The intrinsic absurdity of various theories

Summing up

LECTURE 12. — Foundation of Moral Obligation. Practical Bearings of the Different Theories.
The theory that regards the sovereign will of God as the foundation of moral obligation . . The theory of the selfish school . . The natural and necessary results of utilitarianism

LECTURE 13. — Practical Bearings and Tendency of Rightarianism.
The philosophy which teaches that the divine goodness or moral excellence is the foundation of moral obligation . . The theory which teaches that moral order is the foundation of moral obligation . . The practical bearings of the theory that moral obligation is founded in the nature and relations of moral agents . . The theory which teaches that the idea of duty is the foundation of moral obligation . . The complexity of the foundation of moral obligation . . The practical bearings of what is regarded as the true theory of the foundation of moral obligation, viz. that the highest well-being of God and of the universe is the sole foundation of moral obligation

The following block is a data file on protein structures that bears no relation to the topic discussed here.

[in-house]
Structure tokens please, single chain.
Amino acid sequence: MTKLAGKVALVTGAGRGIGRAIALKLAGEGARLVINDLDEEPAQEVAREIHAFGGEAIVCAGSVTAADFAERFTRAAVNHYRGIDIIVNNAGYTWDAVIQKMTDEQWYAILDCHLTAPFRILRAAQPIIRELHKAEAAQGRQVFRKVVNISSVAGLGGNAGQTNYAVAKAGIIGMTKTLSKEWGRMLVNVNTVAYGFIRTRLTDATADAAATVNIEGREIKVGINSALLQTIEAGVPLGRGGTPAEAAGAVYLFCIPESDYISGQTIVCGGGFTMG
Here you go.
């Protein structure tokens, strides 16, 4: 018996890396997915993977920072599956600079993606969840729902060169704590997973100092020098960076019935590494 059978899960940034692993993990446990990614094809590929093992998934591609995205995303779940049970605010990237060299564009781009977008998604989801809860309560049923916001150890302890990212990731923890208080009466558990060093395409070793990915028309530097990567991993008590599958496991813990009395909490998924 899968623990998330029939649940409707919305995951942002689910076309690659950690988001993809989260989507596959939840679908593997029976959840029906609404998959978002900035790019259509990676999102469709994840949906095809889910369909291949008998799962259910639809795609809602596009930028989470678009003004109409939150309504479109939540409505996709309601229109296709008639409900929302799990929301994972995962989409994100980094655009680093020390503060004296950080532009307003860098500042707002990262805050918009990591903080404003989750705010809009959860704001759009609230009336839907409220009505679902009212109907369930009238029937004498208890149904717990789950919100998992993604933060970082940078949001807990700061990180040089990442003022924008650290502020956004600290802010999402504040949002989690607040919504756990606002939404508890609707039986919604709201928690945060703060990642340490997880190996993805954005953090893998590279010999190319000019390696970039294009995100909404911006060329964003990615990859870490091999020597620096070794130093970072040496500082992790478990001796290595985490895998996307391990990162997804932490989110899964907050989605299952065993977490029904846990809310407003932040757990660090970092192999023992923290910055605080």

LECTURE 14. — Moral Government–Continued.
What constitutes obedience to moral law . . Obedience cannot be partial in the sense that the subject ever does or can partly obey and partly disobey at the same time . . Can the will at the same time make opposite choices? . . The choice of an ultimate end is, and must be, the supreme preference of the mind . . An intelligent choice must respect ends or means . . No choice whatever can be made inconsistent with the present choice of an ultimate end . . Inquiry respecting the strength or intensity of the choice . . The law does not require the constant and most intense action of the will . . An intention cannot be right and honest in kind, and deficient in the degree of intensity . . Examination of the philosophy of the question, whether sin and holiness consist in supreme, ultimate, and opposite choices or intentions . . Objections to the foregoing philosophy considered . . This philosophy examined in the light of the scriptures